Need a little inspiration? JOIN US at our next event!

At Washington-on-the-Brazos StatePark on June 13 for a Writing Day and Sketch Crawl. We'll meet at the large pavilion in the park at 9:30 a.m. and after brief introductions you'll be on your own to write, sketch, research and relax. Bring a picnic lunch, and we'll reconvene from 12 to 1 p.m. to eat together. Work on your own again, then 3-4 p.m. will be an optional time to meet and critique.

Admission to the park is FREE. There is a small fee for the museum ($5) and for the living history farm ($5 for each side or $9 for all 3 sides). NO LAWN CHAIRS are allowed. In addition to the pavilion, there is seating in the historical buildings and there are benches and picnic tables around the grounds, including the river overlook. We will have access to a few electrical outlets and running water in the pavilion. Bring a picnic blanket or cushions if you plan to sit on the ground.

We will arrange carpools early in June. Please email Liz Mertz or Candi Fite for any questions or if you'd like to carpool. lizbmertz@gmail.com and candice.fite@gmail.com . If severe weather is predicted ahead of time, we may cancel, but the plan is to go rain or shine.

Next month's schmooze will be on June 24th with illustrator Garrett Hines from Waco. Stay tuned for details.


Congrats to member Kelly Bennett! Her picture book, Not Norman, a Goldfish Story, illustrated by Noah Z. Jones (published by Candlewick Press, 2005) has been selected as Jumpstart’s Read for the Record book for 2015. On October 22nd folks all over the world will read the book. Support Jumpstarts goal of helping every child become Kindergarten ready by signing up to #ReadfortheRecord and buy your Jumpstart edition here http://bit.ly/jumpstore

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17. I love the smell of crayons in the morning

It's so cool to have a whole wall of whiteboard in my tiny studio. 
It's a great way to add notes to self on, but also to draw on! 
Here's what's on the whiteboard today. 

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18. Tilda Swinton To Be "The Ancient One" In Marvel’s ‘Doctor Strange’??

Hahahahahahahahahaha--oh.  You're being serious?

Talk about sticking it to the fans. Great actress but just WTF????????????????

According to Variety: http://variety.com/2015/film/news/tilda-swinton-doctor-strange-cast-benedict-cumberbatch-1201506594/
Tilda Swinton Doctor Strange
Cindy Ord/Getty Images
Tilda Swinton is in talks to co-star with Benedict Cumberbatch in Marvel’s “Doctor Strange"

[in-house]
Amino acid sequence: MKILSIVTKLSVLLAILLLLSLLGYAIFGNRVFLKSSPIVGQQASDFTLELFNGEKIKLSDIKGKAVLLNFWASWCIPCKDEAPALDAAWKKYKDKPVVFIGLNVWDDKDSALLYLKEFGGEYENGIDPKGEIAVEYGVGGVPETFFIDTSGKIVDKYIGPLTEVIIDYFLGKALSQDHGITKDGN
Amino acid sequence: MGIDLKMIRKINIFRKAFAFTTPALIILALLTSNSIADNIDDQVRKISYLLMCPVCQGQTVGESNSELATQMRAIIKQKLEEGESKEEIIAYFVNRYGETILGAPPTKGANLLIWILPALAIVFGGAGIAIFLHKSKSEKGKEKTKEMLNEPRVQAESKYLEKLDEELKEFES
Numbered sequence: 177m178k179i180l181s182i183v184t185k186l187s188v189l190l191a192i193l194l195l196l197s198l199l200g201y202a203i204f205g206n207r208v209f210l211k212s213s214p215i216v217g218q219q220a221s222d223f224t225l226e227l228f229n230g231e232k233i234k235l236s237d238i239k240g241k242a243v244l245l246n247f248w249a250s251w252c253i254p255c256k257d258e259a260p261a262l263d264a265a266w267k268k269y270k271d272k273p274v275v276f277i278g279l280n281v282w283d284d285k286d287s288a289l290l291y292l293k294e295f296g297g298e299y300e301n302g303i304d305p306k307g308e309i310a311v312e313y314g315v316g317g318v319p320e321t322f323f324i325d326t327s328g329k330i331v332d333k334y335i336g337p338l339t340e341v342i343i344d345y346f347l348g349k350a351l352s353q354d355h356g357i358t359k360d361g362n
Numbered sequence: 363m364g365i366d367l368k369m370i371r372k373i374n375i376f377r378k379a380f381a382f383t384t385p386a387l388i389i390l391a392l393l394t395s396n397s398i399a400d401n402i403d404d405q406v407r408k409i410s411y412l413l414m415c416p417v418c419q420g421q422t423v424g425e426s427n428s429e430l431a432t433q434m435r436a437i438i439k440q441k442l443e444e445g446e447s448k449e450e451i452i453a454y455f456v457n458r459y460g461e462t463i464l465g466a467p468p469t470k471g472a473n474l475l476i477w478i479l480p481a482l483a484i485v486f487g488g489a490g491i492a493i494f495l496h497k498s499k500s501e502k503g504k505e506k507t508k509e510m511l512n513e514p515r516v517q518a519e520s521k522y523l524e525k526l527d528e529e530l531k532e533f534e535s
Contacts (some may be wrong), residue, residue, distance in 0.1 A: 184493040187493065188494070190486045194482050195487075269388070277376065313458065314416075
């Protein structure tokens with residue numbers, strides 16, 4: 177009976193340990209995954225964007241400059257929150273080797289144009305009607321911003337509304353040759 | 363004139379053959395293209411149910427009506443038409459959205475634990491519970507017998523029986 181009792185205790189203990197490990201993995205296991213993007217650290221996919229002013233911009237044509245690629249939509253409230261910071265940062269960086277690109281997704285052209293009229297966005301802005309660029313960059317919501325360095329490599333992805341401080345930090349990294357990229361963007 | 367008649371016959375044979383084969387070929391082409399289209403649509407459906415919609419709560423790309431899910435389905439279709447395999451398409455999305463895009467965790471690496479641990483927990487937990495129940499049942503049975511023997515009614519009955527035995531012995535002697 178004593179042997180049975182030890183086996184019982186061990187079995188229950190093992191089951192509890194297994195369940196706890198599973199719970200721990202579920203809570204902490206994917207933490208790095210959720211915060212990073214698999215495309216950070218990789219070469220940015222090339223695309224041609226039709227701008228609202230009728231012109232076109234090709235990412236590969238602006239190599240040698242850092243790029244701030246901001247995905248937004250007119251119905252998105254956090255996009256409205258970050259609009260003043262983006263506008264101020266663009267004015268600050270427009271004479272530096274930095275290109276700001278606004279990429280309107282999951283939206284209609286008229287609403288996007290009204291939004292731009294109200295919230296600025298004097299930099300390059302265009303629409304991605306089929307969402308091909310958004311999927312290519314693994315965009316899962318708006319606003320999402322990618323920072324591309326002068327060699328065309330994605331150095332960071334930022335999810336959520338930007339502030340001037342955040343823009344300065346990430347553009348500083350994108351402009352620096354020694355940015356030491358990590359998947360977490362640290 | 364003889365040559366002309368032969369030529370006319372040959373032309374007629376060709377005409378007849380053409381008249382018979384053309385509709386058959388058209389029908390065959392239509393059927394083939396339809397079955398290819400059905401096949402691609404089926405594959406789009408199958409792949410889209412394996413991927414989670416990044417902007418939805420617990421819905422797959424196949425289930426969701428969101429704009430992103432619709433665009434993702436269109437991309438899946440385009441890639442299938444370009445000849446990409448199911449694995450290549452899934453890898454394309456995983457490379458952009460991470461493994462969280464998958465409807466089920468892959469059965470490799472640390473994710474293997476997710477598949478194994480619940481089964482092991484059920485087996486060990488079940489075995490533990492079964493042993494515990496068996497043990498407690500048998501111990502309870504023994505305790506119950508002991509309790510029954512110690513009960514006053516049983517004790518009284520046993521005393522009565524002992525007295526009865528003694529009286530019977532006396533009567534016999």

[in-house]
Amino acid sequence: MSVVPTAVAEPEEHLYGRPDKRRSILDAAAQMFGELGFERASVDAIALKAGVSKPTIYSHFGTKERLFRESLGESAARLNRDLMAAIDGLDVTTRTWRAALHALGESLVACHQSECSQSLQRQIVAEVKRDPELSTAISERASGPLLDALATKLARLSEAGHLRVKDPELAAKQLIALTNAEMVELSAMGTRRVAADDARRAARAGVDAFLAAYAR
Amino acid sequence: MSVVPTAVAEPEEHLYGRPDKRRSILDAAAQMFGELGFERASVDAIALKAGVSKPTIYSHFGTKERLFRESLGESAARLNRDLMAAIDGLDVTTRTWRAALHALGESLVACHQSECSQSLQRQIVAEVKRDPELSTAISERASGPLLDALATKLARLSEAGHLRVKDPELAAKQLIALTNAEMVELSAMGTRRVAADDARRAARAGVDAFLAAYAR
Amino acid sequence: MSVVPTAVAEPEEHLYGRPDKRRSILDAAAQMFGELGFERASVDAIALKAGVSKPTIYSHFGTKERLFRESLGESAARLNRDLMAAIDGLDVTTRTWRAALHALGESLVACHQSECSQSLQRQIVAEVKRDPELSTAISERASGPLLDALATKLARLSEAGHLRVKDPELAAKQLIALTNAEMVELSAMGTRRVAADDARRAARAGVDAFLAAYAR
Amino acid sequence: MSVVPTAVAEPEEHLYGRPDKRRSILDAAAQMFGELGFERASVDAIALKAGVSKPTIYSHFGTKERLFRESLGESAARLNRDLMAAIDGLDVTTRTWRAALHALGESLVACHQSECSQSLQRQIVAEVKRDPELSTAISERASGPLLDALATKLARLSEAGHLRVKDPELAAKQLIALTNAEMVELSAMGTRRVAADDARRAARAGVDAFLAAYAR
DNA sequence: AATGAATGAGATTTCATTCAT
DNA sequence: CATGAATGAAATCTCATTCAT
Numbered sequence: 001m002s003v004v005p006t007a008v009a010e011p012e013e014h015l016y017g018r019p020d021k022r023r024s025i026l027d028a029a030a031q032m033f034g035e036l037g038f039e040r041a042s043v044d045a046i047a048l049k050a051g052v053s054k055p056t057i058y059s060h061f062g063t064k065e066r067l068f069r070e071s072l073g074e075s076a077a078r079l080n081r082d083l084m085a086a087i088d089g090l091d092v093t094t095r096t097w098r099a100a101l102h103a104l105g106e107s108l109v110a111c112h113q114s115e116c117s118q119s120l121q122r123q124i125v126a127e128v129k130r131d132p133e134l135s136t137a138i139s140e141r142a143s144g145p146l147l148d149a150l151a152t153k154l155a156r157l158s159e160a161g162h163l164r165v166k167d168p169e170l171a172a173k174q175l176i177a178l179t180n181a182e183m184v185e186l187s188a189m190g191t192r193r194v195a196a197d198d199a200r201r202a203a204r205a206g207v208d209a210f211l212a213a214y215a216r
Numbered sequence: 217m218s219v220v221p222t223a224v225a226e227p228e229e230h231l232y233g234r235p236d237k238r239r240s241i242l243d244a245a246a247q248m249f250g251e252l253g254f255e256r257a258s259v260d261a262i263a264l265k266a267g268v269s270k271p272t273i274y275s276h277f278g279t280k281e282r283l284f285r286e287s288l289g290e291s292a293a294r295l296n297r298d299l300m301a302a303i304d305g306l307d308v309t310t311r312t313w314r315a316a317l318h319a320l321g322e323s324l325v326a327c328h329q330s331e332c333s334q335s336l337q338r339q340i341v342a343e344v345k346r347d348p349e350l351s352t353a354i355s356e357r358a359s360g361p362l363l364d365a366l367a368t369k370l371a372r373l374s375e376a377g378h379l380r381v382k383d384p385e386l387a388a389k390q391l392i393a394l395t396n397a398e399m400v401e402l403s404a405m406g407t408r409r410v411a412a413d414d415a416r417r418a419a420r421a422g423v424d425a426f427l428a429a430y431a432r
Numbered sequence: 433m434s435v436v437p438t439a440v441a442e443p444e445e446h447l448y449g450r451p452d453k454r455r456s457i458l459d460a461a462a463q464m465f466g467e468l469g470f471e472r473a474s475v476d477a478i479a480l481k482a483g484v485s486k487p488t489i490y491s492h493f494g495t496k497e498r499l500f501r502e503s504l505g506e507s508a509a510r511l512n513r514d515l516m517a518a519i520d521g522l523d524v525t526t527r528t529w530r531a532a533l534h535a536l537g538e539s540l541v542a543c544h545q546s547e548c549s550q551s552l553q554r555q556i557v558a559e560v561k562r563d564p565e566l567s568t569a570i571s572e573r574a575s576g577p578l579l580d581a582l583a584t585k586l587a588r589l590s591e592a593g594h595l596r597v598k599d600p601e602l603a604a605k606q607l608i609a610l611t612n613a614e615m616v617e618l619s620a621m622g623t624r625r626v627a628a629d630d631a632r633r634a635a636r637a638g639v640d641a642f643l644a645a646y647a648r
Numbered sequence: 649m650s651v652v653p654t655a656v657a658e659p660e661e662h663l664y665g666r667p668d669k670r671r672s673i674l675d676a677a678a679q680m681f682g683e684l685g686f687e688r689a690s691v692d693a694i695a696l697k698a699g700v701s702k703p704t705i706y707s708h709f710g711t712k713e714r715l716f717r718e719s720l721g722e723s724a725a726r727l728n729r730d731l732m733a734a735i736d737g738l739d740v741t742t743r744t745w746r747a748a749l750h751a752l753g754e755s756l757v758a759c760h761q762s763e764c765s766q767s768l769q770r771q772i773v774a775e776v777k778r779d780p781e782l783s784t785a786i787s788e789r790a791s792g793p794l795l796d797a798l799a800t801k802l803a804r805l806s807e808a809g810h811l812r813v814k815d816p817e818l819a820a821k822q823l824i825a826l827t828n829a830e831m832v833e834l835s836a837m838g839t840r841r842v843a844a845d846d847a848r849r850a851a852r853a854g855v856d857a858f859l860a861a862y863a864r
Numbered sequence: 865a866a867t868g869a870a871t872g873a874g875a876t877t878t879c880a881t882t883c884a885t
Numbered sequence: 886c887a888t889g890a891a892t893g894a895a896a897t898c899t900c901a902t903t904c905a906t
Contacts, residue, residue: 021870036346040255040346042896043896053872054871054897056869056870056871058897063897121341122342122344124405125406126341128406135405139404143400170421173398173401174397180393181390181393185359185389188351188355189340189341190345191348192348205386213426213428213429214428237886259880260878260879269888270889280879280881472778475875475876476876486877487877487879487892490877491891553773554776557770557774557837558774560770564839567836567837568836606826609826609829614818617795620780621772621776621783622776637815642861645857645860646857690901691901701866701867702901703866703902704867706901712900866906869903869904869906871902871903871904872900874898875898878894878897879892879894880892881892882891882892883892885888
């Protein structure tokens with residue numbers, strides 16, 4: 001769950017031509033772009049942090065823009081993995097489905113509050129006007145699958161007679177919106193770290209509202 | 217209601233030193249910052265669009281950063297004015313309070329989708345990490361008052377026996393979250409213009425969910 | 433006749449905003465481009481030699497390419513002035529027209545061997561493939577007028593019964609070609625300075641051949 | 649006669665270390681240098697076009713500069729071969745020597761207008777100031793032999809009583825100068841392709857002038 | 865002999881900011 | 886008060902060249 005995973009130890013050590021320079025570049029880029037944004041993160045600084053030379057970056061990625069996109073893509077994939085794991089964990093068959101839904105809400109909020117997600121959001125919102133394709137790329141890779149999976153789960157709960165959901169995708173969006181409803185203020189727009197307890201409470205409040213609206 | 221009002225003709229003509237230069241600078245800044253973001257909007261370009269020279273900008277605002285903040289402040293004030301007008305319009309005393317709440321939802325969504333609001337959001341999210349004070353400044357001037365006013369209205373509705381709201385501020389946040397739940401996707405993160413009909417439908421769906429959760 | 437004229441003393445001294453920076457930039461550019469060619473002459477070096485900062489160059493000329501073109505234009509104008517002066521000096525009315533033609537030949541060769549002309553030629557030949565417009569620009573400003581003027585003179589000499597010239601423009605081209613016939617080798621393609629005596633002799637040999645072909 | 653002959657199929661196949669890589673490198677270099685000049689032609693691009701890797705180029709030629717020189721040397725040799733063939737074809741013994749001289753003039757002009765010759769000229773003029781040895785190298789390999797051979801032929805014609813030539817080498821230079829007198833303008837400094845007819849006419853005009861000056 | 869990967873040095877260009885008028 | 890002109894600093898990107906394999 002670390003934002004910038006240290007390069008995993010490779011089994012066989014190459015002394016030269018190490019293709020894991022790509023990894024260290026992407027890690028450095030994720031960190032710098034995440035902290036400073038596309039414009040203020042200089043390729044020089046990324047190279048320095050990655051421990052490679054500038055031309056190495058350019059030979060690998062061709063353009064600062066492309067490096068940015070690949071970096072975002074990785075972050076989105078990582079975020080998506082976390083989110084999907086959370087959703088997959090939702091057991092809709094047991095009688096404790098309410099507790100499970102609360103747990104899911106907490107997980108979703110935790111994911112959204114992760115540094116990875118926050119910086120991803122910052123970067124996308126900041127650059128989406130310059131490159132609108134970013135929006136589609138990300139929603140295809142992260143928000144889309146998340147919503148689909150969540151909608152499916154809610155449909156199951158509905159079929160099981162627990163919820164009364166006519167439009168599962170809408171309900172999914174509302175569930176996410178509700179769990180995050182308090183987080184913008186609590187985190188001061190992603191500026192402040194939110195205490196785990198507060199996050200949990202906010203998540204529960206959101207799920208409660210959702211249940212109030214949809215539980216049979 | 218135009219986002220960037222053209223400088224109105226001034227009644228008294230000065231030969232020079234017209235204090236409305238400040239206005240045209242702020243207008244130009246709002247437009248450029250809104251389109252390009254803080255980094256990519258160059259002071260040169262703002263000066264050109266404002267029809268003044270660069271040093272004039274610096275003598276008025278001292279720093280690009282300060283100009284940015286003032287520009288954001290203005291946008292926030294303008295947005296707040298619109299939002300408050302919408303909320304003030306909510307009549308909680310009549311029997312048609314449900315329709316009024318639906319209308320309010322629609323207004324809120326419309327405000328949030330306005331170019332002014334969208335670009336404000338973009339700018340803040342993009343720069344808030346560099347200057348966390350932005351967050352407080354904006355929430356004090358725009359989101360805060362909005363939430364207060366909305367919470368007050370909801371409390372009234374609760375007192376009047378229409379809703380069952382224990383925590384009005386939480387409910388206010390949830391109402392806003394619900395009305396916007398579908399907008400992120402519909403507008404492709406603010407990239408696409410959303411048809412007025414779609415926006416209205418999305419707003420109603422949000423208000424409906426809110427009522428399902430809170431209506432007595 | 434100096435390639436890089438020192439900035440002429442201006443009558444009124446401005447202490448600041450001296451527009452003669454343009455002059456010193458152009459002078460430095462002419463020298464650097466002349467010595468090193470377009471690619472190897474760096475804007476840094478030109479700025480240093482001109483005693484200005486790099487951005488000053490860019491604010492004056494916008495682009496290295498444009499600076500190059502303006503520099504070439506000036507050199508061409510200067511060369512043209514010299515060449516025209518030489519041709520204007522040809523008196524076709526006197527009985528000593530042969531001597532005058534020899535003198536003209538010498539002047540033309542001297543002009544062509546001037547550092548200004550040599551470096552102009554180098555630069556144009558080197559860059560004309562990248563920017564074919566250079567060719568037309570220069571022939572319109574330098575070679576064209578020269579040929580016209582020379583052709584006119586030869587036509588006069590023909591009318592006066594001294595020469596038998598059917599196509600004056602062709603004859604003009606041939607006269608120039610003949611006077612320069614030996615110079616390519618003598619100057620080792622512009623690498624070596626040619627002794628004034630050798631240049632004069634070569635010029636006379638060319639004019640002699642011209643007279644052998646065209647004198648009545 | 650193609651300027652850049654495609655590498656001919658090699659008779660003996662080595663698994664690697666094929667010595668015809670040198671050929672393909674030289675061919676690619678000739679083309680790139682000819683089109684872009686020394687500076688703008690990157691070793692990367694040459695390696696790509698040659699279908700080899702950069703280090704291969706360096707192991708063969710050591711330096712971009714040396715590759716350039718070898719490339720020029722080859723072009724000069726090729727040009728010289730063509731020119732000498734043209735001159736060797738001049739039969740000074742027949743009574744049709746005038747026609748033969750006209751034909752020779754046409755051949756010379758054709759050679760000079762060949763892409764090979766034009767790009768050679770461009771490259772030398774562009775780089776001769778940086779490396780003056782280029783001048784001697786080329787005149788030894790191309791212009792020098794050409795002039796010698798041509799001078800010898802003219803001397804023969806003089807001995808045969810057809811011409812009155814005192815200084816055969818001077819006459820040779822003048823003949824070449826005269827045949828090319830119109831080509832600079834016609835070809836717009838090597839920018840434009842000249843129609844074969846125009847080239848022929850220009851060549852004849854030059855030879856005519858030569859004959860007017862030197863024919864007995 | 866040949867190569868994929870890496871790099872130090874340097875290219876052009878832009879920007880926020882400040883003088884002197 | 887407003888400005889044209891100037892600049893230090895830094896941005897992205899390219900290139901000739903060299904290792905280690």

Scott Derrickson is directing the comicbook movie.

Cumberbatch will play Stephen Vincent Strange, a former neurosurgeon who becomes the next Sorcerer Supreme and primary protector of Earth against magical and mystical threats. Marvel Comics vets Stan Lee and Steve Ditko co-created the character in 1963. Strange’s mentor is a Tibetan mystic known as the Ancient One, who is training pupils to be the next Sorcerer Supreme. In the comics, the character has been a male, and Marvel Studios was initially searching for a male actor. Given Swinton’s interest in the film, however, the studio has now rethought the role.

“Doctor Strange” will debut on Nov. 4, 2016.

The news was first reported by the Hollywood Reporter.
Above: Dr Stephen Strange and The Ancient One when he still had a willy.  A todger. A John Thomas. A...get it right?

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19. 2015 South Asia Book Award Winners

Looking for a high-quality children's or young adult book published in the U.S.A. that portray South Asia or South Asians living abroad? Check out the South Asia Book Award.  To encourage and commend authors and publishers who produce such books, and to provide librarians and teachers with recommendations for educational use, the South Asia National Outreach Consortium (SANOC) offers a yearly book award to call attention to outstanding works on South Asia. Congratulations to this this year's winners.

2015 South Asia Book Award Winners

Twenty-Two Cents: Muhammad Yunus and the Village Bank by Paula Yoo, illustrated by Jamel Akib (Lee &Low Books Inc., 2014). Twenty-Two Cents smartly chronicles the life and inspiration behind Nobel Peace Prize winner, Muhammad Yunus, and the internationally transformative Grameen Bank’s micro-lending system. Coupled with rich illustrations that vibrantly capture the essence and depth of Yunus’ experiences, this poignant picture book easily lends itself to readers of all ages. Includes an afterword and author’s source notes. (Grades 2-5)